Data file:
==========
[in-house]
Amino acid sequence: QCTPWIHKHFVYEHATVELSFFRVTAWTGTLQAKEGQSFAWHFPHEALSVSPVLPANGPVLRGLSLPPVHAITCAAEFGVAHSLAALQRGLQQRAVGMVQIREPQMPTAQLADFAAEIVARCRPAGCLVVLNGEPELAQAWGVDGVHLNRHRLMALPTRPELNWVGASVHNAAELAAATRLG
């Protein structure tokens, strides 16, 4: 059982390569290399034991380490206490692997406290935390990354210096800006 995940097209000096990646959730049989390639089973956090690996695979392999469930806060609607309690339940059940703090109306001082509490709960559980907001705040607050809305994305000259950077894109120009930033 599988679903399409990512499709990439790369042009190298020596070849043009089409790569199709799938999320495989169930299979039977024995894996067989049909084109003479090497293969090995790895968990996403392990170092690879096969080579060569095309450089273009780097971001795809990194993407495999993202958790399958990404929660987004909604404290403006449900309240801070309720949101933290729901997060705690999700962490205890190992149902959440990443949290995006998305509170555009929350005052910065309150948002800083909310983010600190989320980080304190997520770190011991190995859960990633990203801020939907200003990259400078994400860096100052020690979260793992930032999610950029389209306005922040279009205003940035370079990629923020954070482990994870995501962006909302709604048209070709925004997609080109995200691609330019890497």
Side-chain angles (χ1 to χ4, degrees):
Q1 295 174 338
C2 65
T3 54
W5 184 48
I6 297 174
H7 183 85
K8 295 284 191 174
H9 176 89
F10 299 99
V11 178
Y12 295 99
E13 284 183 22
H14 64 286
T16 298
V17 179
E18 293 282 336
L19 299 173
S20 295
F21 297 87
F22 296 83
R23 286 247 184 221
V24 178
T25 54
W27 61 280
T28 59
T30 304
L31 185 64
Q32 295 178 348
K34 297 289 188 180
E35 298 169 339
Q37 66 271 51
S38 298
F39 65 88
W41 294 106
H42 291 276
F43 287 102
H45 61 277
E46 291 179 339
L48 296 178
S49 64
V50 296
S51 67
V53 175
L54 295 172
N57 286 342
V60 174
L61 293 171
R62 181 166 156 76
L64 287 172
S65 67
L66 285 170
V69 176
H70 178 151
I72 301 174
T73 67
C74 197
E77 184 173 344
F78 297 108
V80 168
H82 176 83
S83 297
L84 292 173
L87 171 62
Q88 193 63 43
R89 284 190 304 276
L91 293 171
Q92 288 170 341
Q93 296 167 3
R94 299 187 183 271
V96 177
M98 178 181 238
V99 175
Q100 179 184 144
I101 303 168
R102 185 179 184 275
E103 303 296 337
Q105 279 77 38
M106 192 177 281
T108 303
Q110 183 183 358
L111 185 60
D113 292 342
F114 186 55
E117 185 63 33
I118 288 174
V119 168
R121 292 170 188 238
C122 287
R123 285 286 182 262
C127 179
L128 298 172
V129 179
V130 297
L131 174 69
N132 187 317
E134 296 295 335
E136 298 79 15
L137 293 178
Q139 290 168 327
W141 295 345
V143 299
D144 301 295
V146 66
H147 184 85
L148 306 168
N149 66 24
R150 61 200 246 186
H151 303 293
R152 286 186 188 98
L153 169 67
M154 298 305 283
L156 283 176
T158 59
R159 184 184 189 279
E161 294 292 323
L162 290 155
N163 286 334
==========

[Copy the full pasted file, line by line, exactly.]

[in-house]
Amino acid sequence: QCTPWIHKHFVYEHATVELSFFRVTAWTGTLQAKEGQSFAWHFPHEALSVSPVLPANGPVLRGLSLPPVHAITCAAEFGVAHSLAALQRGLQQRAVGMVQIREPQMPTAQLADFAAEIVARCRPAGCLVVLNGEPELAQAWGVDGVHLNRHRLMALPTRPELNWVGASVHNAAELAAATRLG
């Protein structure tokens, strides 16, 4: 059982390569290399034991380490206490692997406290935390990354210096800006 995940097209000096990646959730049989390639089973956090690996695979392999469930806060609607309690339940059940703090109306001082509490709960559980907001705040607050809305994305000259950077894109120009930033 599988679903399409990512499709990439790369042009190298020596070849043009089409790569199709799938999320495989169930299979039977024995894996067989049909084109003479090497293969090995790895968990996403392990170092690879096969080579060569095309450089273009780097971001795809990194993407495999993202958790399958990404929660987004909604404290403006449900309240801070309720949101933290729901997060705690999700962490205890190992149902959440990443949290995006998305509170555009929350005052910065309150948002800083909310983010600190989320980080304190997520770190011991190995859960990633990203801020939907200003990259400078994400860096100052020690979260793992930032999610950029389209306005922040279009205003940035370079990629923020954070482990994870995501962006909302709604048209070709925004997609080109995200691609330019890497």
Side-chain angles (χ1 to χ4, degrees):
Q1 295 174 338
C2 65
T3 54
W5 184 48
I6 297 174
H7 183 85
K8 295 284 191 174
H9 176 89
F10 299 99
V11 178
Y12 295 99
E13 284 183 22
H14 64 286
T16 298
V17 179
E18 293 282 336
L19 299 173
S20 295
F21 297 87
F22 296 83
R23 286 247 184 221
V24 178
T25 54
W27 61 280
T28 59
T30 304
L31 185 64
Q32 295 178 348
K34 297 289 188 180
E35 298 169 339
Q37 66 271 51
S38 298
F39 65 88
W41 294 106
H42 291 276
F43 287 102
H45 61 277
E46 291 179 339
L48 296 178
S49 64
V50 296
S51 67
V53 175
L54 295 172
N57 286 342
V60 174
L61 293 171
R62 181 166 156 76
L64 287 172
S65 67
L66 285 170
V69 176
H70 178 151
I72 301 174
T73 67
C74 197
E77 184 173 344
F78 297 108
V80 168
H82 176 83
S83 297
L84 292 173
L87 171 62
Q88 193 63 43
R89 284 190 304 276
L91 293 171
Q92 288 170 341
Q93 296 167 3
R94 299 187 183 271
V96 177
M98 178 181 238
V99 175
Q100 179 184 144
I101 303 168
R102 185 179 184 275
E103 303 296 337
Q105 279 77 38
M106 192 177 281
T108 303
Q110 183 183 358
L111 185 60
D113 292 342
F114 186 55
E117 185 63 33
I118 288 174
V119 168
R121 292 170 188 238
C122 287
R123 285 286 182 262
C127 179
L128 298 172
V129 179
V130 297
L131 174 69
N132 187 317
E134 296 295 335
E136 298 79 15
L137 293 178
Q139 290 168 327
W141 295 345
V143 299
D144 301 295
V146 66
H147 184 85
L148 306 168
N149 66 24
R150 61 200 246 186
H151 303 293
R152 286 186 188 98
L153 169 67
M154 298 305 283
L156 283 176
T158 59
R159 184 184 189 279
E161 294 292 323
L162 290 155
N163 286 334